Uganda’s $10bn oil deal a boost for East Africa
Uganda has agreed a $10bn deal with TotalEnergies, the China National Offshore Oil Corporation and the country’s state-owned oil company Uganda National Oil Company to develop oil fields, processing facilities and a pipeline network with Tanzania.
The investment is projected to make Uganda a 230,000-barrels-a-day crude producer—potentially the seventh biggest on the continent—providing a boost for the wider region given that dependence on oil imports accounts for a large share of FX purchases and the development could bring significant savings.
Naira climbs as CBN rolls out productivity programme
The Naira strengthened against the dollar on the unofficial market this week, trading at 568 from 570 at last week’s close amid reduced demand for the greenback.
The central bank this week announced the first batch of successful applicants to its funding programme for companies that have the potential to boost local production and productivity.
About NGN23bn was disbursed to 28 companies across the manufacturing, agriculture and healthcare sectors.
Meantime, Nigeria’s FX reserves continued to decline, falling by around $200m to just over $40bn. We expect the Naira to remain close to the 570 level.
Ghana trade deal with Rwanda to help boost exports
The Cedi weakened further against the dollar this week, depreciating to 6.282 from 6.280 at last Friday’s close as the supply of FX lagged demand. Ghana signed an agreement with Rwanda to strengthen trade and economic ties between the two countries.
The agreement should help to boost exports, attract investment and drive more tourism-related activities in Ghana.
Shorter-term, we expect the Cedi to continue trading weaker given the constrained supply of dollars.
Rand bounce back may be short lived
The Rand appreciated against the dollar this week, bouncing back to 15.3 from 15.6 at Friday’s close after the South African Reserve Bank’s 25bps rate hike last week.
Further gains were muted by the prospect of faster policy tightening in the US amid rising global inflation, fears of a potential military conflict between Russia and Ukraine, and concerns around further Covid variants damping overall appetite for emerging market assets.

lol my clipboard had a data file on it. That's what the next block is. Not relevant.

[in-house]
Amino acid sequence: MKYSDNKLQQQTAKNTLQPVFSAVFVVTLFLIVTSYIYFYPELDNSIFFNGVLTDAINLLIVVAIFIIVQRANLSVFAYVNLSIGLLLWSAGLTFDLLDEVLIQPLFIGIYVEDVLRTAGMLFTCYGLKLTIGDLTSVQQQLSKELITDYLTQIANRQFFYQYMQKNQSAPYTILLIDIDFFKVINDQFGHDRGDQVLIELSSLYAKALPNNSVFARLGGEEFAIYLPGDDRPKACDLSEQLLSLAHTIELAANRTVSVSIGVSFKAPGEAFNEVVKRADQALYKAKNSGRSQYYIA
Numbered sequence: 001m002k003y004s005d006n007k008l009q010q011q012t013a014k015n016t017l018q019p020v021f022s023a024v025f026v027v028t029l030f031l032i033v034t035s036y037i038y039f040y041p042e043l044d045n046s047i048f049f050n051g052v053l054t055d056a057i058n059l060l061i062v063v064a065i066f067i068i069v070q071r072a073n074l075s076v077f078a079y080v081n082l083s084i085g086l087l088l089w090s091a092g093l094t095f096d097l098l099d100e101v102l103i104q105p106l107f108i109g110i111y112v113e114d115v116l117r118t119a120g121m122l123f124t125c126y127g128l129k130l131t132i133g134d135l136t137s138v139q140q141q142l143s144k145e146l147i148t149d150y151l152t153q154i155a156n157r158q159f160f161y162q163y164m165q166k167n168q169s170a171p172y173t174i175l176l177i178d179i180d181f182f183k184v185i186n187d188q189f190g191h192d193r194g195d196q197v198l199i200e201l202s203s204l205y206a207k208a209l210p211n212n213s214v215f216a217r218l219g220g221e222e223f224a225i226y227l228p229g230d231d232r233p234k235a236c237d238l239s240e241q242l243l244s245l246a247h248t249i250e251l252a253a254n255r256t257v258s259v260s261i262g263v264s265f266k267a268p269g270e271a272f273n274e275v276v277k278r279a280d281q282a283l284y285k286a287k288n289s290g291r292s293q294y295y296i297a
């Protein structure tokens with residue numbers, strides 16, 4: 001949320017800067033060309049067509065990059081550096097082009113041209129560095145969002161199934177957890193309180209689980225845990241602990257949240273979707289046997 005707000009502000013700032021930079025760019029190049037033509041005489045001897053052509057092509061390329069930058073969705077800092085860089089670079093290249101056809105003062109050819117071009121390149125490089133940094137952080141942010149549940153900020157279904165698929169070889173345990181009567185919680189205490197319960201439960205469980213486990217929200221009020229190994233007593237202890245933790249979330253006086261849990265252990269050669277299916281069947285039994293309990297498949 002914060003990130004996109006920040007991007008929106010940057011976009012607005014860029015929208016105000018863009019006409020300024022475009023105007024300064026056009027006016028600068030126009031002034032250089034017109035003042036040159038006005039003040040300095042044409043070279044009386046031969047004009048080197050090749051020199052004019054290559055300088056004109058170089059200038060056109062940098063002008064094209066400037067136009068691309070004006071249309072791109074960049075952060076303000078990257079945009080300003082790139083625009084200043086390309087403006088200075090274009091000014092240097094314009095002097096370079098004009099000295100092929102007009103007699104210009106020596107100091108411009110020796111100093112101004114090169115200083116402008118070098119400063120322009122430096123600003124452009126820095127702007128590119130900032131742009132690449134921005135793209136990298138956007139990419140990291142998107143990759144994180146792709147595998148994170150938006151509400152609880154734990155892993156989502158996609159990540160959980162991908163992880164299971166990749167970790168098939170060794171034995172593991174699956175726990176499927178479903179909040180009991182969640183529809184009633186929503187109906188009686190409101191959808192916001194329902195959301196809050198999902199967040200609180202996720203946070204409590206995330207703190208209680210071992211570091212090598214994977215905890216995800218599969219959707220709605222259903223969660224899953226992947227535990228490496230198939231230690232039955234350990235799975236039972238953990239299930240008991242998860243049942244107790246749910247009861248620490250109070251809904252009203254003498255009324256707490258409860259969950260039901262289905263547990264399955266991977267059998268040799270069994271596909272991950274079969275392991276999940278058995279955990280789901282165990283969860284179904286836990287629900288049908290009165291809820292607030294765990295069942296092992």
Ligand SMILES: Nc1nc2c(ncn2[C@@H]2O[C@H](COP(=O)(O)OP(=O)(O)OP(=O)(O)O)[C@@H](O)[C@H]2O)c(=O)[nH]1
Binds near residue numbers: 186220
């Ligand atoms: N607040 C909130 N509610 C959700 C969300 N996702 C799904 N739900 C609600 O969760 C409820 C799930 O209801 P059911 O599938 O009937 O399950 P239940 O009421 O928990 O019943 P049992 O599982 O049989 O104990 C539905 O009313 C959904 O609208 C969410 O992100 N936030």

We see risk aversion continuing to put downward pressure on the Rand in the near term.
Egypt’s re-entry to JPM bond index boosts Pound
The Pound strengthened against the dollar this week, appreciating to 15.71 from 15.73 at last week’s close, as Egypt was readmitted into JPMorgan’s benchmark Emerging Market Bond Index following the country’s removal in 2011.
Egypt’s re-entry will see the reintroduction of around $26bn of Egyptian government bonds to the index.
We expect this will strengthen the Pound further in coming weeks given potential inflows from passive funds that track JPMorgan’s index.
Kenya FX reserves plummet to record low to steady Shilling
The Shilling weakened against the dollar this week, falling to 113.6/114.2 from 113.5/113.6, amid increased importer demand for FX to meet month-end payments. Subdued inflows from slower tea and coffee exports also weighed on the currency.
To stave off a steeper decline, Kenya’s central bank has drawn heavily on its FX reserves, causing the balance to plummet by a record from $8.72bn the previous week to a new low of $8.29bn.
While longer-term concerns abound, we expect the central bank support to help stabilise the Shilling over the coming week.
Oil megadeal to support Ugandan Shilling
The Shilling appreciated against the dollar this week, trading at 3492/3502 from 3505/3515 at last week’s close, due to inflows from commodity exporters and other investors.
Uganda’s $10bn deal with France’s TotalEnergies and the China National Offshore Oil Corporation (see top story) to help the landlocked country become a crude oil exporter is forecast to create as many as 160,000 jobs and provide a significant boost to economic growth.
Given the scale of investment, we expect the Shilling to remain stable in the near term.
Tanzania calls for sugar boost to ease import reliance
The Shilling weakened against the dollar this week, sliding to 2312 from around 2306 last week, due to increased end-of-month dollar demand from importers.
Tanzania’s government has been seeking to drum up investment into key sectors of the economy, with trade minister Ashatu Kijali urging Egyptian officials to invest in agriculture, energy, water and transportation infrastructure.
In particular, the minister called on investors to back industrial sugar factory developments in the country to reduce reliance on sugar imports. We expect the Shilling to stabilise in the coming days due to inflows from investors and exports, notably commodities including coffee and cashew nuts.
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